Tuesday, September 14, 2010


Abu al-Qasim Mahmud ibn Umar al-
Zamakhshari. Known widely as
al-Zamakhshari (in Persian: محمود
زمخشری). Also called Jar Allah
(Arabic for "God's neighbour") (1074 or
1075 – 1143 or 1144) was a
medieval Muslim scholar of Iranian
origin [1][2][3][4], who subscribed
to the Muʿtazilite theological doctrine,
who was born in Khwarezmia,
but lived most of his life in Bukhara,
Samarkand, and Baghdad.
• 1 Biography
• 2 Works
o 2.1 Zamakhshari and the Chorasmian
• 3 See also
• 4 References
• 5 External links
[edit] Biography
Al-Zamakhshari was born in
Zamakhshar, Khwarezmia, and became
renowned scholar of the Mutazilite
school of Islam[citation needed].
He used Persian for some of his work,
although he was a strong
supporter of the Arabic language as
well as an opponent of the
Shu'ubiyya movement.[5] After losing
one of his feet to frostbite, he
carried a notarized declaration that his
foot was missing due to
accident, rather than a legal
amputation for any crime.[6]
He is best known for Al-Kashshaaf, a
seminal commentary on the Qur'an.
The commentary is famous for its deep
linguistic analysis of the
verses, however has been criticised for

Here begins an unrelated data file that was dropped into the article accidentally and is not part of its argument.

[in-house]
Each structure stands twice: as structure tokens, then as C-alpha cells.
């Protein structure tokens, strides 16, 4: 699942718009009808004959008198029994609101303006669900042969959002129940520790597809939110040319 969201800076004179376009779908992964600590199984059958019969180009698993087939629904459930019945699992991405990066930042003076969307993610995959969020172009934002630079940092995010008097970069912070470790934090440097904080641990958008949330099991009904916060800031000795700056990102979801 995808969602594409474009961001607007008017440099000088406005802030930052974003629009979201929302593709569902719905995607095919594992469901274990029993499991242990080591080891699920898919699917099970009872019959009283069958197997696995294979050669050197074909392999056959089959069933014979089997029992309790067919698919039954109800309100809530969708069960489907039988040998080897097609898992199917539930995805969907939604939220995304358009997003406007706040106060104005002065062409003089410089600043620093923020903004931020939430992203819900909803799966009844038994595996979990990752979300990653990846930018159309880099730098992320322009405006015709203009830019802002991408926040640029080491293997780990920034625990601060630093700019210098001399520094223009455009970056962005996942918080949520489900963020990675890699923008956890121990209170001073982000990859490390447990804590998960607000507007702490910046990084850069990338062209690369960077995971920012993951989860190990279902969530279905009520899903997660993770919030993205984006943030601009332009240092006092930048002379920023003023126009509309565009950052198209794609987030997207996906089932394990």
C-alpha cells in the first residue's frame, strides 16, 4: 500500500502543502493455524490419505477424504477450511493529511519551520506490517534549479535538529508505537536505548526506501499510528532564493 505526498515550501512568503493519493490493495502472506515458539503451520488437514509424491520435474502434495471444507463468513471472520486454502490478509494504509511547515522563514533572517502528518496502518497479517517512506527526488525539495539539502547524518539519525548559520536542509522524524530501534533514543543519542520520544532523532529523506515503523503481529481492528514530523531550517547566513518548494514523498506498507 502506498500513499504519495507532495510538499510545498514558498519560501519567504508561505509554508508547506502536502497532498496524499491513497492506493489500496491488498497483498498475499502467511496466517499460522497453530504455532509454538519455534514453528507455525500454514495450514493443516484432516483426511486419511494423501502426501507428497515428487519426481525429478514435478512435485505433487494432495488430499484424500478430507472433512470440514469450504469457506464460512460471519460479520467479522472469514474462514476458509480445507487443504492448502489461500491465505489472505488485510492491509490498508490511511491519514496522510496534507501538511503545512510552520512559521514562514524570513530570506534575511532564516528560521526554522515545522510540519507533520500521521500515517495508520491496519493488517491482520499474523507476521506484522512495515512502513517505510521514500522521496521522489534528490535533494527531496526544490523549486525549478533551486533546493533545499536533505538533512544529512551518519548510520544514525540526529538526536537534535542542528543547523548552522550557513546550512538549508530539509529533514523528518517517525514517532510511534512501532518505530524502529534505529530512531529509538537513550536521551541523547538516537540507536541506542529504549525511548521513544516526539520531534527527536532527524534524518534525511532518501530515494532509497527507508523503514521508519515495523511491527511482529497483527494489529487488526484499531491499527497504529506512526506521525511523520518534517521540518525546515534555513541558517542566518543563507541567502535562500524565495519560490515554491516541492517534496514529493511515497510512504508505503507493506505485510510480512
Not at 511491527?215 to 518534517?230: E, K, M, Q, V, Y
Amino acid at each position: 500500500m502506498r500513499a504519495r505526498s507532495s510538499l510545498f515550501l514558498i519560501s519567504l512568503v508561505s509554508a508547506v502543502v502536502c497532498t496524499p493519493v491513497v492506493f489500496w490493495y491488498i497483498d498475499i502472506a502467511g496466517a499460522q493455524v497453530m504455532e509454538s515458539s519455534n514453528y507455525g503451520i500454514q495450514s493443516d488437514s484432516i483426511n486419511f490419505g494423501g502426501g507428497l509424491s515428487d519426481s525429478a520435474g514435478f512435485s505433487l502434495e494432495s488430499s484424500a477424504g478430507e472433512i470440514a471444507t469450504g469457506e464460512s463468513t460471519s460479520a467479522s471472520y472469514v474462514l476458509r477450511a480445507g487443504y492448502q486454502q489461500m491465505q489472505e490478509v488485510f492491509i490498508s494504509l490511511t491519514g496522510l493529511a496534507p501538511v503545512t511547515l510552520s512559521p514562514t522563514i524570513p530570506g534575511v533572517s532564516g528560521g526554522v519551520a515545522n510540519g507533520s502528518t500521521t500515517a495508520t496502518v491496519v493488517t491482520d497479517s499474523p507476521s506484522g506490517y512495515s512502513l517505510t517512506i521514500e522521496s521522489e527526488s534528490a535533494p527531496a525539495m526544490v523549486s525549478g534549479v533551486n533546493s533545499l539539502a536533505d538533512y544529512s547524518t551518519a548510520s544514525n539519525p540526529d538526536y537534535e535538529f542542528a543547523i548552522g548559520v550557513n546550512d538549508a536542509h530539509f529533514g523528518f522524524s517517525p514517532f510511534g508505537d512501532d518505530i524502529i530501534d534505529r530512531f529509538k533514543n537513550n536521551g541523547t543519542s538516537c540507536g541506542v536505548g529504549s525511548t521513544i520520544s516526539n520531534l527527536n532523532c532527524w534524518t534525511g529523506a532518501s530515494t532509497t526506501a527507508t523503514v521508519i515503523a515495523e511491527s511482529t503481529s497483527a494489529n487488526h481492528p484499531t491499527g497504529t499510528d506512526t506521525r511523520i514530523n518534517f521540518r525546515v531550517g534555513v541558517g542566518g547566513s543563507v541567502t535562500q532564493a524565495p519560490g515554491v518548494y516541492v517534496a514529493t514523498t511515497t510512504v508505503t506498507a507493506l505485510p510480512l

the inclusion of Mu'tazilite
philosophical views.
For many years he stayed in Makkah,
for which he became known as
Jar-Allah ("God's neighbour"). He later
returned to Khwarizm, where he
died at the capital Jurjaniyya.
He died in 1144 at al-Jurjaniya,
He studied at Bukhara and Samarkand
while enjoying the fellowship of
jurists of Baghdad.
[edit] Works
Zamakhshari's fame as a commentator
rests upon his commentary on the
Qur'an. In spite of its Mu'tazili theology
it was famous among
Works include:
• Al-Kashshaaf ("the Revealer", Arabic:
کشاف ) — A tafsir of the Qur'an) [7]
• Rabi al-Abrar [7]
• Asasul-Balaghat dar-Lughat
(Arabic: اساس البلاغه ) — Literature
• Fasul-ul-Akhbar [7]
• Fraiz Dar-ilm Fariz [7]
• Kitab-Fastdar-Nahr [7]
• Muajjam-ul-Hadud [7]
• Manha Darusul [7]
• Diwan-ul-Tamsil [7]
• Sawaer-ul-Islam [7]
• Muqaddimat al-Adab [8] مقدمه الادب
(Arabic to Chorasmian Language
• کتاب الامکنه والجبال والمیاه
• مفصل انموذج (Nahw: Arabic
• and more [7]
[edit] Zamakhshari and the Chorasmian
The greater part of the now extinct
Iranian Chorasmian language
vocabulary is to be found in the form
of interlinear glosses
throughout a single manuscript (of ca.
596/1200) of the Moqaddemat
al-adab by the native Chorasmian
speaker, Zamakhshari[3]. Some other
manuscripts of the same work contain
but a few such glosses. Thus the
Moqaddemat al-adab is a very
important primary source for the study
this extinct language.

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